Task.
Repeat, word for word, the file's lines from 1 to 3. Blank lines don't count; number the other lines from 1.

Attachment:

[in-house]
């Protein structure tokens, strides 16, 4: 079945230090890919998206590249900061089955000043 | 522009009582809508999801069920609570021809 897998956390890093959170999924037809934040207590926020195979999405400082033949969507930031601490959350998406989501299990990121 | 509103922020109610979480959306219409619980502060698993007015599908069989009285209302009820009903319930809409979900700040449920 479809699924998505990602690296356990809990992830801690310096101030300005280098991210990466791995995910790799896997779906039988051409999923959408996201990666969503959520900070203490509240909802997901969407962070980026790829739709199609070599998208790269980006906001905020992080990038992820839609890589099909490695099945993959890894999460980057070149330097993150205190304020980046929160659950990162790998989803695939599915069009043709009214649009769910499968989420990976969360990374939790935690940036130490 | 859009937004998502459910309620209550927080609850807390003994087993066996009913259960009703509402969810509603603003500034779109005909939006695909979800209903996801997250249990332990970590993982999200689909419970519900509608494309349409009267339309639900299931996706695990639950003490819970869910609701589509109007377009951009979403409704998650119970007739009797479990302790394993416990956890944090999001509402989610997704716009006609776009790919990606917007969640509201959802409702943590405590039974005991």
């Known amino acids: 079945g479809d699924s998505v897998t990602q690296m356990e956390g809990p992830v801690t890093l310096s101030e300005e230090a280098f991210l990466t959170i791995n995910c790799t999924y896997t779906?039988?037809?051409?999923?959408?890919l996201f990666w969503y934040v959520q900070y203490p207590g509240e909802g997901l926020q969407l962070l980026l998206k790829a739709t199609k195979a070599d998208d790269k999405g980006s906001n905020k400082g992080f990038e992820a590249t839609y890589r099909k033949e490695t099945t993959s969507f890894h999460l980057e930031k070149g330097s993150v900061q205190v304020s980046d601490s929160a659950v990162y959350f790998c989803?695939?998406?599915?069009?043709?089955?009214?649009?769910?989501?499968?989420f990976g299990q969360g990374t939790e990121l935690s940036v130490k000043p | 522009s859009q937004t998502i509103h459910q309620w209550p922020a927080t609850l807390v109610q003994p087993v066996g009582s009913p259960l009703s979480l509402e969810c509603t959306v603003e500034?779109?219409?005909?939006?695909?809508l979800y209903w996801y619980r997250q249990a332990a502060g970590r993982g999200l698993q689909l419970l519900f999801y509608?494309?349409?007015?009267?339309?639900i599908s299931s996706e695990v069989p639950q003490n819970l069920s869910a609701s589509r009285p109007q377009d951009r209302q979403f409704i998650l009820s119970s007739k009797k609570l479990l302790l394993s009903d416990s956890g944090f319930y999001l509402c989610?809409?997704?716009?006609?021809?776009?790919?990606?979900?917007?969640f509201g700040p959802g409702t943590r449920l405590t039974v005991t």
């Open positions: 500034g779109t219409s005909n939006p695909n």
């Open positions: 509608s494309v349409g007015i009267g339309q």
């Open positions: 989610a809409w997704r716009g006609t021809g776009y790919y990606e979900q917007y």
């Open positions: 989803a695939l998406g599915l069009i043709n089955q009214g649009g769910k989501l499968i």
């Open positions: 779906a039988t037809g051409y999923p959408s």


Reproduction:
[in-house]
């Protein structure tokens, strides 16, 4: 079945230090890919998206590249900061089955000043 | 522009009582809508999801069920609570021809 897998956390890093959170999924037809934040207590926020195979999405400082033949969507930031601490959350998406989501299990990121 | 509103922020109610979480959306219409619980502060698993007015599908069989009285209302009820009903319930809409979900700040449920 479809699924998505990602690296356990809990992830801690310096101030300005280098991210990466791995995910790799896997779906039988051409999923959408996201990666969503959520900070203490509240909802997901969407962070980026790829739709199609070599998208790269980006906001905020992080990038992820839609890589099909490695099945993959890894999460980057070149330097993150205190304020980046929160659950990162790998989803695939599915069009043709009214649009769910499968989420990976969360990374939790935690940036130490 | 859009937004998502459910309620209550927080609850807390003994087993066996009913259960009703509402969810509603603003500034779109005909939006695909979800209903996801997250249990332990970590993982999200689909419970519900509608494309349409009267339309639900299931996706695990639950003490819970869910609701589509109007377009951009979403409704998650119970007739009797479990302790394993416990956890944090999001509402989610997704716009006609776009790919990606917007969640509201959802409702943590405590039974005991």
């Known amino acids: 079945g479809d699924s998505v897998t990602q690296m356990e956390g809990p992830v801690t890093l310096s101030e300005e230090a280098f991210l990466t959170i791995n995910c790799t999924y896997t779906?039988?037809?051409?999923?959408?890919l996201f990666w969503y934040v959520q900070y203490p207590g509240e909802g997901l926020q969407l962070l980026l998206k790829a739709t199609k195979a070599d998208d790269k999405g980006s906001n905020k400082g992080f990038e992820a590249t839609y890589r099909k033949e490695t099945t993959s969507f890894h999460l980057e930031k070149g330097s993150v900061q205190v304020s980046d601490s929160a659950v990162y959350f790998c989803?695939?998406?599915?069009?043709?089955?009214?649009?769910?989501?499968?989420f990976g299990q969360g990374t939790e990121l935690s940036v130490k000043p | 522009s859009q937004t998502i509103h459910q309620w209550p922020a927080t609850l807390v109610q003994p087993v066996g009582s009913p259960l009703s979480l509402e969810c509603t959306v603003e500034?779109?219409?005909?939006?695909?809508l979800y209903w996801y619980r997250q249990a332990a502060g970590r993982g999200l698993q689909l419970l519900f999801y509608?494309?349409?007015?009267?339309?639900i599908s299931s996706e695990v069989p639950q003490n819970l069920s869910a609701s589509r009285p109007q377009d951009r209302q979403f409704i998650l009820s119970s007739k009797k609570l479990l302790l394993s009903d416990s956890g944090f319930y999001l509402c989610?809409?997704?716009?006609?021809?776009?790919?990606?979900?917007?969640f509201g700040p959802g409702t943590r449920l405590t039974v005991t």